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You may have seen my post about flying from Mason City to Minneapolis on a small regional aircraft in 2018 here. Of course there were more stories on the return flight. First of, let me share what I didn’t like about flying back from Minneapolis: Air Choice One does not participate in TSA Pre-check so I waited in line for 30 some minutes. Whoa. But other than that the return was nice!
I did like the downtime at the gate to get some work done, respond to messages and more. Once on board, I could work some more and even enjoyed the flight. We were taxiing to a farther away runway at MSP as well and it was fun to see all the larger planes taxi by and even land right in front of us:
As we were circling Mason City Airport, , which is pictured here, toward the end of our 50-minute flight, I noticed that the first officer, who looked younger, was going to land us.
I shouldn’t even guess how old people are and I won’t. It’s too hard. When I’m driving Uber/Lyft here and there, I’m not supposed to give rides to people under 18. But how I do I know? Once, I’ve asked a 21-year-old if she was old enough to call an Uber. Whoops.
Related: Rideshare stories from the road!
So he was going to land. Not a biggie. That’s what pilots do!
Once we landed, the captain turned around and let his four passengers know that it was the first officer’s first day with the company today and this was his first landing. #boom
One person applauded
Another mentioned that that’s great to hear and “sorry that I slept through the landing.”
I thought I’d should blog about it!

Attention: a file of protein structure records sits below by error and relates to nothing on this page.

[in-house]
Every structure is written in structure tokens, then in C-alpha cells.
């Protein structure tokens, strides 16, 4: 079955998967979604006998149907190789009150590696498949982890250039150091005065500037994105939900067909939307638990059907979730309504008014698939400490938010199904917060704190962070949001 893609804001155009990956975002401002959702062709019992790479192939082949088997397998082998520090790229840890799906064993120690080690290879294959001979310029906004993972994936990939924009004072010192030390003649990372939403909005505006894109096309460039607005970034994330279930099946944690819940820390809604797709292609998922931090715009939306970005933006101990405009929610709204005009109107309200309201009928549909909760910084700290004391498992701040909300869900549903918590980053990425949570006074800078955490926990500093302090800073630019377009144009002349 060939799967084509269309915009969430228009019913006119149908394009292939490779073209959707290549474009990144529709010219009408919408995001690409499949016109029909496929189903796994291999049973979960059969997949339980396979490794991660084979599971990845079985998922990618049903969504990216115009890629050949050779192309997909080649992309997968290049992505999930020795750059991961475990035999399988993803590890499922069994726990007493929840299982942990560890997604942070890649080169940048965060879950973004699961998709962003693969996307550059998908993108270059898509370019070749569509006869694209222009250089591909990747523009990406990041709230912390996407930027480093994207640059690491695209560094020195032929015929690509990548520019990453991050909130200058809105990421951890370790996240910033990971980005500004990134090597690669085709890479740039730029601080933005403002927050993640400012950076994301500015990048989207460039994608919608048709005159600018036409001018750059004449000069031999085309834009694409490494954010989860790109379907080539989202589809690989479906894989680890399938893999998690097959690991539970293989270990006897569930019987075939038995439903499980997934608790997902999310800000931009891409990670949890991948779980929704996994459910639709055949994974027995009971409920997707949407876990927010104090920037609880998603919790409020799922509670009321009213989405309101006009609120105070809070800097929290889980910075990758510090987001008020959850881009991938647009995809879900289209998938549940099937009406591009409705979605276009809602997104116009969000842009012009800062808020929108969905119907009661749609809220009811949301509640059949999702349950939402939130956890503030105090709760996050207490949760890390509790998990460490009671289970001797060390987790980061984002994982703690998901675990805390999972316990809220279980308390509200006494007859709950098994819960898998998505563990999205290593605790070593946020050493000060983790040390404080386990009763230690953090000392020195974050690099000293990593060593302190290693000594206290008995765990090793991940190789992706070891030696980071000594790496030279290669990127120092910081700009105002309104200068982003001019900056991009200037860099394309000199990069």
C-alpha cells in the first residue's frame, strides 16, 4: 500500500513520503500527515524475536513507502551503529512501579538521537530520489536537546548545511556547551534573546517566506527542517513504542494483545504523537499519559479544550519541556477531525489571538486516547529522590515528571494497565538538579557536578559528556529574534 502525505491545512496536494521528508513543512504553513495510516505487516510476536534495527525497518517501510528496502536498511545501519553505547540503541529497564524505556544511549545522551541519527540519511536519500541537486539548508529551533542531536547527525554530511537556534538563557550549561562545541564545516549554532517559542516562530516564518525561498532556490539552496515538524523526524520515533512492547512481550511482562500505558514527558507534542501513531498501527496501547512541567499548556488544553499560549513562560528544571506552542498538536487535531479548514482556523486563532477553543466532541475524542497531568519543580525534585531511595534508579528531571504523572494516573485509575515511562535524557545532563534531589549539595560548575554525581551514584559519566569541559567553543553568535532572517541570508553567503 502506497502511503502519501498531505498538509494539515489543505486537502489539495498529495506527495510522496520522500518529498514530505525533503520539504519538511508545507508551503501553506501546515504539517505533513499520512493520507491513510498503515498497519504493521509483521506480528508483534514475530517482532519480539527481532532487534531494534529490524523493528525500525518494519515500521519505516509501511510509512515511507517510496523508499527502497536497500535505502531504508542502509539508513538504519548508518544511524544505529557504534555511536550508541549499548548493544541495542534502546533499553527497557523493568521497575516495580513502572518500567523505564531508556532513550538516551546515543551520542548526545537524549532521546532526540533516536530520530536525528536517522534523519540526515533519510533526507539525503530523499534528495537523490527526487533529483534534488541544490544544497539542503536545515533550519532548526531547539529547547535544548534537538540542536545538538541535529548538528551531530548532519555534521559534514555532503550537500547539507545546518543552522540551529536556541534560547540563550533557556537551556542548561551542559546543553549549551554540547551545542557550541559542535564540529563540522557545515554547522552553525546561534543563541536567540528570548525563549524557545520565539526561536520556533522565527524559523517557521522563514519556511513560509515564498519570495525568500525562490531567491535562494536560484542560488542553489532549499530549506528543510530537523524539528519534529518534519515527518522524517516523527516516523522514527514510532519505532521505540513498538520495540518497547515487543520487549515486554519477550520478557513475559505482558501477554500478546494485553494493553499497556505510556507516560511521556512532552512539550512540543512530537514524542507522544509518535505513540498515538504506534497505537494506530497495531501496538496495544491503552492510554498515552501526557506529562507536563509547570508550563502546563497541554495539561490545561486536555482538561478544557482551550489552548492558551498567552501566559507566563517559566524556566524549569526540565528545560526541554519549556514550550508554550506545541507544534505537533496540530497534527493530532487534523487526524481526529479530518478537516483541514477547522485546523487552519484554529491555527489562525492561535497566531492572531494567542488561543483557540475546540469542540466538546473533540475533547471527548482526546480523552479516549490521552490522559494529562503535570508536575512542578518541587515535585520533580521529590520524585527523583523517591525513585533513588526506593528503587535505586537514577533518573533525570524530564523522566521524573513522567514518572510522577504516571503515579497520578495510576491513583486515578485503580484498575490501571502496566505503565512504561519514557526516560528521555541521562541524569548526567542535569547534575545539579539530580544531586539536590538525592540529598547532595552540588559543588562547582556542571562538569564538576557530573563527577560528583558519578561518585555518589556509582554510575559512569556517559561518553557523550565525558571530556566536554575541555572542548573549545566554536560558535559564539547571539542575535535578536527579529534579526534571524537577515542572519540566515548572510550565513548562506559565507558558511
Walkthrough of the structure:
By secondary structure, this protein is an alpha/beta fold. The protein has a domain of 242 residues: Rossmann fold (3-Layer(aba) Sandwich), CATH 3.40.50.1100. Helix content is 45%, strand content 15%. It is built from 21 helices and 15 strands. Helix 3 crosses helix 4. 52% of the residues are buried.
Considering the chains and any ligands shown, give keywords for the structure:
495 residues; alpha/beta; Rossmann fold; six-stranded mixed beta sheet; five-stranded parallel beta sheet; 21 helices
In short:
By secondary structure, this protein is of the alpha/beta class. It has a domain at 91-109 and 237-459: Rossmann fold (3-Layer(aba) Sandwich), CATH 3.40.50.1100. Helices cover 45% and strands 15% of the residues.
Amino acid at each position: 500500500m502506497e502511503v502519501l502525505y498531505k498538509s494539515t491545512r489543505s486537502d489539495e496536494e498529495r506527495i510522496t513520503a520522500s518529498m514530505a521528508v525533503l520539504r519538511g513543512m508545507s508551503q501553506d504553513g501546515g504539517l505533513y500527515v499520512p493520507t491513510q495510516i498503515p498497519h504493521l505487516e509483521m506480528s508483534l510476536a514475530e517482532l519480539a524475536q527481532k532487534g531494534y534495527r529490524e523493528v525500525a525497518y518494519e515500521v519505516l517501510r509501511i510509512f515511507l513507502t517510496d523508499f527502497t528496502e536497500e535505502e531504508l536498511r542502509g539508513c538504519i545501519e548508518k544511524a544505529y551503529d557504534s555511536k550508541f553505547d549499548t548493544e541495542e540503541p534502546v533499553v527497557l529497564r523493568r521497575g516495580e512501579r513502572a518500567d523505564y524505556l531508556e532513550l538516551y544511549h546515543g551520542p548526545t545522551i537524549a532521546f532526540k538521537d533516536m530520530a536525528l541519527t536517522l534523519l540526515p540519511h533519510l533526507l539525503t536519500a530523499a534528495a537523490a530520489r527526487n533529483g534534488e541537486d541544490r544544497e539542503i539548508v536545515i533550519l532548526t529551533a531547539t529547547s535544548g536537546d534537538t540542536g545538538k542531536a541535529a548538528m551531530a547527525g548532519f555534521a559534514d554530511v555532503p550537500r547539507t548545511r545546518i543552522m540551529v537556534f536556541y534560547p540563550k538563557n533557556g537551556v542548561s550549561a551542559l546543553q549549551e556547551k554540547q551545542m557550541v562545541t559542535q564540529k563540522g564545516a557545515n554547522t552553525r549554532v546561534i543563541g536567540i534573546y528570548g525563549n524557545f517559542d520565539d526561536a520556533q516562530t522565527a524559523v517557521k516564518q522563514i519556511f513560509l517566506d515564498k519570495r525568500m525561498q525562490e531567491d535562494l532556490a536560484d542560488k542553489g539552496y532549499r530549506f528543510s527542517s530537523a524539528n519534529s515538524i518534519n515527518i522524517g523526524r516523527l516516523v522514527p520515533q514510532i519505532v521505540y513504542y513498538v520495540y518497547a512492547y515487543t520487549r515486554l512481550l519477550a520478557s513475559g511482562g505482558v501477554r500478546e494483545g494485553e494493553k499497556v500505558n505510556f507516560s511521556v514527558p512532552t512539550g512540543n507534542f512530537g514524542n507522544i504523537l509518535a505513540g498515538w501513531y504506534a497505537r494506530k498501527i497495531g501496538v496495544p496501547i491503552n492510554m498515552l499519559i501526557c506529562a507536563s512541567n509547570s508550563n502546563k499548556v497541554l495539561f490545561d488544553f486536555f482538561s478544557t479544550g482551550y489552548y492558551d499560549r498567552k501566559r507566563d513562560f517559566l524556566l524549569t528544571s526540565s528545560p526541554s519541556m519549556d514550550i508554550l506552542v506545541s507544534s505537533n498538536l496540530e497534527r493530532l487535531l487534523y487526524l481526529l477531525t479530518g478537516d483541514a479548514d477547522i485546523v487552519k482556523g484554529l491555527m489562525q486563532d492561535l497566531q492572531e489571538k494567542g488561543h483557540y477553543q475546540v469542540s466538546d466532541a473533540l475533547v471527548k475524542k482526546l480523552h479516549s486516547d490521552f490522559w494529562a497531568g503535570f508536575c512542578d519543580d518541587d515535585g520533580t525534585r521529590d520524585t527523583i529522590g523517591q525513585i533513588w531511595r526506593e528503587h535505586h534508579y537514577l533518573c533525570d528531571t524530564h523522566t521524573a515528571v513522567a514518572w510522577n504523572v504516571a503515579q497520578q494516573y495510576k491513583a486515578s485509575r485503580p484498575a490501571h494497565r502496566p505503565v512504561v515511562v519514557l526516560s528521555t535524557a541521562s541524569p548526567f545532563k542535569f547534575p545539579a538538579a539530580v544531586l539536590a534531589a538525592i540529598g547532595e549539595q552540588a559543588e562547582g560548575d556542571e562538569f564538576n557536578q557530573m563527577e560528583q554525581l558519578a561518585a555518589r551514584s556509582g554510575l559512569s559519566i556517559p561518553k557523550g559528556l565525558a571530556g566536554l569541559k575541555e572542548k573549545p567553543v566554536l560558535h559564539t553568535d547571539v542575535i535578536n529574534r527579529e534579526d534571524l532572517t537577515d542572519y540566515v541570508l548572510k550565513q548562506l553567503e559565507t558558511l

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So what’s the morale of the story here? First day with a new company or not, you have to perform. Now. Not in 3 months or 6 months or whatever arbitrary number of months somebody has come up with. “Oh yes, new people have to get used to the ways of a company.”
That may be true for some professions, but is not for content marketing, journalism and thankfully so pilots. Could you imagine if pilots would need 6 months to get used to landing a new company’s planes. Crazy. Go land the plane. We’ll applaud and share your story as a good example of how it should be done.
The same goes for writers. Writing is writing is writing. Not all types of writing are the same and I’m the first to admit that technical writing, copy writing and blogging (which as you know I’m a huge fan of) are all different disciplines of the same skill. But your skill – the one a company hired you for – can be used right away. And it should be used well. No time to wait, really?
Writers and content marketers don’t need months to catch up. In fact, they don’t get months. Neither do pilots. Go and perform. Rock it. Share stories that matter. Land the plane.
You get my point. The only way to success in content marketing is to start now, don’t stop, but re-evaluate and adjust constantly.